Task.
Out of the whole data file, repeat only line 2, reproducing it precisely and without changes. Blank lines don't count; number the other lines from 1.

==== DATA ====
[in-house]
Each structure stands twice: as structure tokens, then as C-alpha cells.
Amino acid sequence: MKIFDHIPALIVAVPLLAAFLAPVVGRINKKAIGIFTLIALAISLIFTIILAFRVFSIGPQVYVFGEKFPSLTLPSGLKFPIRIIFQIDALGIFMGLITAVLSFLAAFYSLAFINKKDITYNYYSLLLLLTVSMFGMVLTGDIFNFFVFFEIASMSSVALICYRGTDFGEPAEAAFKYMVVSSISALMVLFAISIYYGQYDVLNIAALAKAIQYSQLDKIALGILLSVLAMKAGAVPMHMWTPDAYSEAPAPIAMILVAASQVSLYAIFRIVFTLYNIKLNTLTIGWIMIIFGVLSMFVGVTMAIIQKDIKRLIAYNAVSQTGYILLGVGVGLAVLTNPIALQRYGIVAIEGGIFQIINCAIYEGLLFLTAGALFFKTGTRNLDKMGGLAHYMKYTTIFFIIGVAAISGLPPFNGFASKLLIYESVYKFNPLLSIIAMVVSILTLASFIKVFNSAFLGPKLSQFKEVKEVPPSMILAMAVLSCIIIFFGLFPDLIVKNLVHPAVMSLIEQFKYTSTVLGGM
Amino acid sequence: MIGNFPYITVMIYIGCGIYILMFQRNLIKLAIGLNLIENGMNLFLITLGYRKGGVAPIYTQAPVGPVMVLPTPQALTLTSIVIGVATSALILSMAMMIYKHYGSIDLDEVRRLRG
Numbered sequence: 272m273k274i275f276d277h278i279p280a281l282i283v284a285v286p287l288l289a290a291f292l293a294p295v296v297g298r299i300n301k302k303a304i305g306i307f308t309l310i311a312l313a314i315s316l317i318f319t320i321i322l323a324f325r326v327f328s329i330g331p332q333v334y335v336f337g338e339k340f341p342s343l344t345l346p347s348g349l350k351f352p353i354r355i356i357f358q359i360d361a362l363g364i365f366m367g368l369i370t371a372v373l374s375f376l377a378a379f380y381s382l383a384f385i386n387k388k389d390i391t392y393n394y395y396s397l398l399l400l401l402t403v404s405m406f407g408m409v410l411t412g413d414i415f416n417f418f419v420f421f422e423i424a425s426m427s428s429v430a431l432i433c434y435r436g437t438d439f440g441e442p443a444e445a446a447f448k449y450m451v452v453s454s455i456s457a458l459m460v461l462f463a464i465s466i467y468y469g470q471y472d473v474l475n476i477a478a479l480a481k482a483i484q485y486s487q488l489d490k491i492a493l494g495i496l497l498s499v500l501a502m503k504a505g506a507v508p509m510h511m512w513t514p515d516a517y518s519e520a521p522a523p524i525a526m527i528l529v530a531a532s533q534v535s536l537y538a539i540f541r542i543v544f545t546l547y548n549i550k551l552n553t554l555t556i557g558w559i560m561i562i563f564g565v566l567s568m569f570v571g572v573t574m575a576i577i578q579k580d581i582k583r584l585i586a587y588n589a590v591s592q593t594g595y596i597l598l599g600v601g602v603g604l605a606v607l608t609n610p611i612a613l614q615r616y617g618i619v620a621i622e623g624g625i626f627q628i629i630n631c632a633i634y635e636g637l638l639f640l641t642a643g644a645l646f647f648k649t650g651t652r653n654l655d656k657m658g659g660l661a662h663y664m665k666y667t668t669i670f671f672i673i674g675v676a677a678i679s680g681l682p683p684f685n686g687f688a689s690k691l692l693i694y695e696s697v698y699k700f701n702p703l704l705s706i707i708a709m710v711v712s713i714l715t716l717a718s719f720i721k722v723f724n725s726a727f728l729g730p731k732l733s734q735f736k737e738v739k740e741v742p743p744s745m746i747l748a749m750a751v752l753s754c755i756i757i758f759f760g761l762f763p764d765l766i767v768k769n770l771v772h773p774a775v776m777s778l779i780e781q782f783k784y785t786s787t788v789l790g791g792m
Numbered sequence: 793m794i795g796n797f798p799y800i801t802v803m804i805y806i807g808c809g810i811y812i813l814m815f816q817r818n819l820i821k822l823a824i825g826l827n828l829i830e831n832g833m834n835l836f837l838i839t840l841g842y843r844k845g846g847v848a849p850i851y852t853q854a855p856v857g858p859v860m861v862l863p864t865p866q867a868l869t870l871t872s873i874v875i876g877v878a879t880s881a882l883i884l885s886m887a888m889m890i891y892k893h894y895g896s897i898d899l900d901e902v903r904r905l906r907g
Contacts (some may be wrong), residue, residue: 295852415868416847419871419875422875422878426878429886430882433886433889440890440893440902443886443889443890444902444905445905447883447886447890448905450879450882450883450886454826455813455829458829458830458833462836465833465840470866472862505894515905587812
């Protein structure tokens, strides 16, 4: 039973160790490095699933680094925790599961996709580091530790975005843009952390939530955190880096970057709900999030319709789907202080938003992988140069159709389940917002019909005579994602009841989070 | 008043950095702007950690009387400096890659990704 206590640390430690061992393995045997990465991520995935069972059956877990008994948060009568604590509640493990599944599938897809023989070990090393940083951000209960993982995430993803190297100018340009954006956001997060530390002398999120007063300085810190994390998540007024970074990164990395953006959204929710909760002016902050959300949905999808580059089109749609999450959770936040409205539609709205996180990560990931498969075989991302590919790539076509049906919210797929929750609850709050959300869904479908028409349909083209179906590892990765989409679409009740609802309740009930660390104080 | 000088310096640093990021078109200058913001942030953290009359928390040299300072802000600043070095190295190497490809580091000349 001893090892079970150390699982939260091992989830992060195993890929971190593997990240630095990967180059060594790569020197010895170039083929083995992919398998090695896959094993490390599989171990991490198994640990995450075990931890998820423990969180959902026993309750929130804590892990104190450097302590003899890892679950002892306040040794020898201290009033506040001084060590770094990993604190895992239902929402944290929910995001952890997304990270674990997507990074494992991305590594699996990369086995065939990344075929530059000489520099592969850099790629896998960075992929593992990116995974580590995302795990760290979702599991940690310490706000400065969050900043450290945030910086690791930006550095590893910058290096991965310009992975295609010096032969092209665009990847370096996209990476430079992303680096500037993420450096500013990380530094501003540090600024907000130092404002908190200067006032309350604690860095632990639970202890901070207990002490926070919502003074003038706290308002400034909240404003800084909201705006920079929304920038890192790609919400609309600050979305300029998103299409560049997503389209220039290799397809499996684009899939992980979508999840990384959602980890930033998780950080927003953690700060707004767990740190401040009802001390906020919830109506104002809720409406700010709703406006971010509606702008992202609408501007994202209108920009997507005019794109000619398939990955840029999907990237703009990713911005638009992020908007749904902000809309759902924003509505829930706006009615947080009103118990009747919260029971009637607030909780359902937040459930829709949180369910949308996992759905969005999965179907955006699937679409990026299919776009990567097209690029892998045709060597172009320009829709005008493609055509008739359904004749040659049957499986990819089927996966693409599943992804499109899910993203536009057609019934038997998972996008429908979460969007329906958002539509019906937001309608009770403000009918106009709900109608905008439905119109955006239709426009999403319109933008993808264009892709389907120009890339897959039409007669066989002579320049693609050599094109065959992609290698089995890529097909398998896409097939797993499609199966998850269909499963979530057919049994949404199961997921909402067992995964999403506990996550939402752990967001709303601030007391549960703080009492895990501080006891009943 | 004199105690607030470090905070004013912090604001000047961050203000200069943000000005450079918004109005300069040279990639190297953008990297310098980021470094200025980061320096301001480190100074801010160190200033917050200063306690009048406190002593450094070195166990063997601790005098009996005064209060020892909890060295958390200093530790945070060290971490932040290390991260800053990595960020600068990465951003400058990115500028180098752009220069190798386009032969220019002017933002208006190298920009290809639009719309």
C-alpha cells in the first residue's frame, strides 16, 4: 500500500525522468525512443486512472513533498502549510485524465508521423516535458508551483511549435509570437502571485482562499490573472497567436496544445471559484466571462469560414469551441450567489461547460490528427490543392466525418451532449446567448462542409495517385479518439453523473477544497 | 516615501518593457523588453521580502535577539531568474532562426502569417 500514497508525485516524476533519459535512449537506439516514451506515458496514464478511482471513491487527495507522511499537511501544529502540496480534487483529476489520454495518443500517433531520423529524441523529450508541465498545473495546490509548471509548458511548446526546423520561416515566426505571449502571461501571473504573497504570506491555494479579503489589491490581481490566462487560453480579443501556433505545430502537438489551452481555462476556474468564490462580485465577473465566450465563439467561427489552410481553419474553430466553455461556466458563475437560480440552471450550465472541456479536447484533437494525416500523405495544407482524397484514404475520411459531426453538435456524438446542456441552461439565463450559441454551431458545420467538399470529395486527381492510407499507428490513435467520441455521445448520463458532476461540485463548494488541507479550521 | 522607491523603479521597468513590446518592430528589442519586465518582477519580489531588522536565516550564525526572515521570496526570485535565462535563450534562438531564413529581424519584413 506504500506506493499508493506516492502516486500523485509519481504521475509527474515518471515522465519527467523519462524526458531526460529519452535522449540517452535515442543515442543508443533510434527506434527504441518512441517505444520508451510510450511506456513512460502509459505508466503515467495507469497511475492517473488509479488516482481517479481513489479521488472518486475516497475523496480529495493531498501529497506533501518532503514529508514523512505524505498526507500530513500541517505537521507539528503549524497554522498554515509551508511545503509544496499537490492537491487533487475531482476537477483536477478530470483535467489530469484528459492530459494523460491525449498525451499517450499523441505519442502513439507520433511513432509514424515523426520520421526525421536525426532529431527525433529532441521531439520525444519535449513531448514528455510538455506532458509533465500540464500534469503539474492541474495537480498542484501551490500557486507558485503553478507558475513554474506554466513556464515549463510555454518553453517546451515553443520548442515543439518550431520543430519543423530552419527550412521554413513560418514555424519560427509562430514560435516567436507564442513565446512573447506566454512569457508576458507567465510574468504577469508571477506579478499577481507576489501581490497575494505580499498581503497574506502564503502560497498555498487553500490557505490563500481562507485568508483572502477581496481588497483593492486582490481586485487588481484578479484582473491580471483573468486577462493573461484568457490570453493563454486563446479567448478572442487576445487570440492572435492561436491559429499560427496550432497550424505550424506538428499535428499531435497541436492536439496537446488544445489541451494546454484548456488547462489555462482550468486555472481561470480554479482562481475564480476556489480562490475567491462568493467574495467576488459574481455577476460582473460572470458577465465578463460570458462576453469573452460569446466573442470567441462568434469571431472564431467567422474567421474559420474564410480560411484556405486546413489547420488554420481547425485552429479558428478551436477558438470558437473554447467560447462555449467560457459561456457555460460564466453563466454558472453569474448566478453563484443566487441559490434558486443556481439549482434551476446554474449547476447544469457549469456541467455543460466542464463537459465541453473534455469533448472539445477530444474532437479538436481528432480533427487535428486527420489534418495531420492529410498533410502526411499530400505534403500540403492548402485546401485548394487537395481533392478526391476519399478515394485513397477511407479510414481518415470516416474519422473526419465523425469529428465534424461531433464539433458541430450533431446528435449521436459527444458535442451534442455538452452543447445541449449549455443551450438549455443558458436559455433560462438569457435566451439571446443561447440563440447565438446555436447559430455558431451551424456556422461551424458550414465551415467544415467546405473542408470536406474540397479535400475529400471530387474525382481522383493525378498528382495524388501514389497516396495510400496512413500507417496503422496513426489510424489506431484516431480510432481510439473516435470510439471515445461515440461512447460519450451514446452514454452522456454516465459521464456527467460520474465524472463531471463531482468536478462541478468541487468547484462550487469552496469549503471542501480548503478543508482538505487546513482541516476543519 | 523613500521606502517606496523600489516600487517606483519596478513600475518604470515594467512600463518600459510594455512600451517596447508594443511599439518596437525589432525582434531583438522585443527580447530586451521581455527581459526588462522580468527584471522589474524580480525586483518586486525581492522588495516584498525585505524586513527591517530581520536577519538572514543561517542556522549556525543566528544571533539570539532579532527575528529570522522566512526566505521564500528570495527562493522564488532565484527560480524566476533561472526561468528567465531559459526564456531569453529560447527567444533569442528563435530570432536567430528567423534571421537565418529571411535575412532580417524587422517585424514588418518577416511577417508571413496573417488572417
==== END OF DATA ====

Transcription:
Each structure stands twice: as structure tokens, then as C-alpha cells.